Importers of Mexico have booked a shipment of 35,000 tons of corn from Brazil, with a ship scheduled to leave the port of Santarém, Pará, on 22 October, the analyst at brokerage and consultancy INTL FCStone said this week. The business, which already appears in reports on the scheduling of ships in Brazilian ports, comes at a time when Mexicans are considering retaliation if threats of tariff increases from the United States to Mexico are confirmed. Mexico is the main destination for US corn, the world’s largest cereal producers and exporters, who have great logistical facilities for their proximity to export to their neighbors. “The burden of Brazil is not common for Mexico, and it has all this discussion about tariffs, it may be a sign of Mexico wanting to show that it can originate elsewhere,” Lucas Pereira, of FCSTone analyst, told Reuters. This would be Brazil’s first shipment of corn to Mexico since January, when a shipment of 33,000 tons was reported in the Ministry of Agriculture’s export statistics. Between 2017 and 2018, Mexicans resorted uncritically to the Brazilian corn market, when Mexico was concerned that Naftha renegotiations could affect supplies from the United States. In the two years, Brazil exported 800K tons to the Mexicans, according to data from the Brazilian government. This compares to 14.7 million tons exported by the United States to Mexico in 2017 alone. An export of Brazilian corn to Mexico would also show how the Brazilian product is competitive against the US, where a record delay in planting has raised prices on the Chicago stock exchange. Such a situation has even led to the export of Brazilian corn to the US, according to recent reports from market players obtained by Reuters.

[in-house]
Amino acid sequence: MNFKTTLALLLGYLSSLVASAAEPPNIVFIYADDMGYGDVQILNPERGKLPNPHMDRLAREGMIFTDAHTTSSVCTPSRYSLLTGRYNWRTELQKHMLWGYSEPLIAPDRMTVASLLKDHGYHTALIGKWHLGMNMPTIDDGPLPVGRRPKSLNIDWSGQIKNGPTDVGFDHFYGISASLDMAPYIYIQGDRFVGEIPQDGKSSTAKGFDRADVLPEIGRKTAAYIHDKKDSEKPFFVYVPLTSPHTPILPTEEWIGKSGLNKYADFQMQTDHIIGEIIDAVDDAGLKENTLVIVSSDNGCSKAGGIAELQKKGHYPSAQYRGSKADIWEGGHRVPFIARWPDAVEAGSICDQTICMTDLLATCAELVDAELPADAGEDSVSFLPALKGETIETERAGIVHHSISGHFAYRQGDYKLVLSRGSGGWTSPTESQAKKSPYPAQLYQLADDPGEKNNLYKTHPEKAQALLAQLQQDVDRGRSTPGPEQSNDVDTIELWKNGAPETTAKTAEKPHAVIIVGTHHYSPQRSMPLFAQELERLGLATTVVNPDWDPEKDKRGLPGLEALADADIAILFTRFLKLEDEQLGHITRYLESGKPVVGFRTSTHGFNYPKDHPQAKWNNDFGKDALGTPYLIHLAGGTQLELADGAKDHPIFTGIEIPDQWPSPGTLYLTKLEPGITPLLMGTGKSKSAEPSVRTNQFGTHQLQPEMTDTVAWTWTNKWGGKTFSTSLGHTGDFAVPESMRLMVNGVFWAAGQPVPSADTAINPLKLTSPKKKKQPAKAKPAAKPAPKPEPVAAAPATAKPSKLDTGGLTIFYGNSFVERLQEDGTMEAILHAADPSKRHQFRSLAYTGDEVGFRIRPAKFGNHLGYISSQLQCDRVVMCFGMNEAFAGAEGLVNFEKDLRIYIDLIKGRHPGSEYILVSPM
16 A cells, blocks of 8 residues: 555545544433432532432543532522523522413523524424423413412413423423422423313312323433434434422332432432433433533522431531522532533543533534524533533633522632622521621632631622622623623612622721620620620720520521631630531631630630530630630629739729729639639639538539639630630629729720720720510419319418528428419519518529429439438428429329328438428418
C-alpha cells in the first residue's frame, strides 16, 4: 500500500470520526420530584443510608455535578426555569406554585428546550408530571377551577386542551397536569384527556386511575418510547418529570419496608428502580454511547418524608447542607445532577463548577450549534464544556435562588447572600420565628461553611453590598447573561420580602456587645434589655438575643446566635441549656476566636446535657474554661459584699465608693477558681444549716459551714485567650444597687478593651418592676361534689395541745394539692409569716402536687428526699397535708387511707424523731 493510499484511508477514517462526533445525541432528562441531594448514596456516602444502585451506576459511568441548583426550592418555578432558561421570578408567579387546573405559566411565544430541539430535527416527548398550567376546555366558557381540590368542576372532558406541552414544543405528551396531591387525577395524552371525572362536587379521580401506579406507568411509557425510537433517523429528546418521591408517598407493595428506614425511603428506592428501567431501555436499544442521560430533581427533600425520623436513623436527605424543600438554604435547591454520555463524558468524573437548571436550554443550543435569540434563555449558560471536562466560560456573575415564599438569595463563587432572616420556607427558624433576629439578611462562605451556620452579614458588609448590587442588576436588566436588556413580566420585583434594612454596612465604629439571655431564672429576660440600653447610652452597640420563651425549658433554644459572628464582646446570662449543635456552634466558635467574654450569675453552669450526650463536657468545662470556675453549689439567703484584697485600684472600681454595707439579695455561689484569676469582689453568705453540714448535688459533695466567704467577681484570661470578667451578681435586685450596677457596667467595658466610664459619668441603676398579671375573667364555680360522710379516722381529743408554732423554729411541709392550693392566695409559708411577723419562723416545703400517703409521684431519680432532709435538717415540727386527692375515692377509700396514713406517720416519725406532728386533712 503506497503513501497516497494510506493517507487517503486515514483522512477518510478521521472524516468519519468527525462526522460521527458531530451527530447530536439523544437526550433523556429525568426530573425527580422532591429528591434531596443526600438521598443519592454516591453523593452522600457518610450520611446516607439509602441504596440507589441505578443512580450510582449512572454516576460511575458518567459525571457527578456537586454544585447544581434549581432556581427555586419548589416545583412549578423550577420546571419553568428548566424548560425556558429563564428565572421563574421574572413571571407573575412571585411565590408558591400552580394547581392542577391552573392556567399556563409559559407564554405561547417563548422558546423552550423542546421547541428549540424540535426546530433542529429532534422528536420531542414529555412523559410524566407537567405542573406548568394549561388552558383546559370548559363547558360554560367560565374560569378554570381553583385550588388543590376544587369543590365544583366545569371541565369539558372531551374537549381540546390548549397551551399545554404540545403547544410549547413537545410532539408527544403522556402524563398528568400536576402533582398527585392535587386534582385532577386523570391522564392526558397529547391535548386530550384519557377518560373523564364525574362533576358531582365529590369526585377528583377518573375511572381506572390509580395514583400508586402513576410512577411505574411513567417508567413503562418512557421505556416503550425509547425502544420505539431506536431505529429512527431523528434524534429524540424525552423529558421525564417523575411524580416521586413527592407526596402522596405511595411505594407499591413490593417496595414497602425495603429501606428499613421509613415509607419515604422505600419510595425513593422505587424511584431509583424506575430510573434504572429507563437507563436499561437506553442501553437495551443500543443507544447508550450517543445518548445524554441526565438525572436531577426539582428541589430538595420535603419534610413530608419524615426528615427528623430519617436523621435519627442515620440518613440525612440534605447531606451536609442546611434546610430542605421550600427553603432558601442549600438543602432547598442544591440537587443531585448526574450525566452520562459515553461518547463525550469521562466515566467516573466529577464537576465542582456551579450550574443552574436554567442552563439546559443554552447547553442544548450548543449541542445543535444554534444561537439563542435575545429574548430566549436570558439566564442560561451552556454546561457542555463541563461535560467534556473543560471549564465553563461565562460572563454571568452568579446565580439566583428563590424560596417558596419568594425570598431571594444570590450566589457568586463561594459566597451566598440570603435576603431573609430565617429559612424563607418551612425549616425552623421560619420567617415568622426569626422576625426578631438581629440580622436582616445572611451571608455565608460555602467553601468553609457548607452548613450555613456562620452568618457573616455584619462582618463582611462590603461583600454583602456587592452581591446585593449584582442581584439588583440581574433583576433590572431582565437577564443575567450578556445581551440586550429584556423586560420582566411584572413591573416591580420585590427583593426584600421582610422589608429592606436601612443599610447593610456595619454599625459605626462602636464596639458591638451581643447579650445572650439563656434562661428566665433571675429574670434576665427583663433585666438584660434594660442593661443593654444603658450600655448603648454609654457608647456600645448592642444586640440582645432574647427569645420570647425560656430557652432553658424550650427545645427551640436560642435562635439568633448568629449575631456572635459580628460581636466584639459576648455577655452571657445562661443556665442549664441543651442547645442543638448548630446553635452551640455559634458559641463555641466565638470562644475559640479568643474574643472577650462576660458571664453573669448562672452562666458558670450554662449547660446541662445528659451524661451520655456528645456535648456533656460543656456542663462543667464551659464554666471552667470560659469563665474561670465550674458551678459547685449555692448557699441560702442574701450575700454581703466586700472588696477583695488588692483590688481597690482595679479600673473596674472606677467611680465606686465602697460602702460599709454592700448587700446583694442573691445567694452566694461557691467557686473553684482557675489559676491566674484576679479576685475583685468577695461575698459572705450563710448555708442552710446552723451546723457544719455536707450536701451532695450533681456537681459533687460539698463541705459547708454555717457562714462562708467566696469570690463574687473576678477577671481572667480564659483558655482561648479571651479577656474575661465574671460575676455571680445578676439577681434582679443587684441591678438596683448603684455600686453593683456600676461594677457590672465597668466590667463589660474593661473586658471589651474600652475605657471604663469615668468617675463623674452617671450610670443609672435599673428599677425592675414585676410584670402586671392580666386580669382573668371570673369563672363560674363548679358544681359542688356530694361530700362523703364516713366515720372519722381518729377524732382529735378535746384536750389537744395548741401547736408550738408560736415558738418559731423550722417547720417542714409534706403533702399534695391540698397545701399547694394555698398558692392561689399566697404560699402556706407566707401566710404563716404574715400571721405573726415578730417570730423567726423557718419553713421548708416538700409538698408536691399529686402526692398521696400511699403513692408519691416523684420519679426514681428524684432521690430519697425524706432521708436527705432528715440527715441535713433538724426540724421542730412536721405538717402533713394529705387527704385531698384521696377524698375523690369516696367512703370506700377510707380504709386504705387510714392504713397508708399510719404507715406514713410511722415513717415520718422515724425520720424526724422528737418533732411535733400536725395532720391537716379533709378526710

Source: Notícias Agrícolas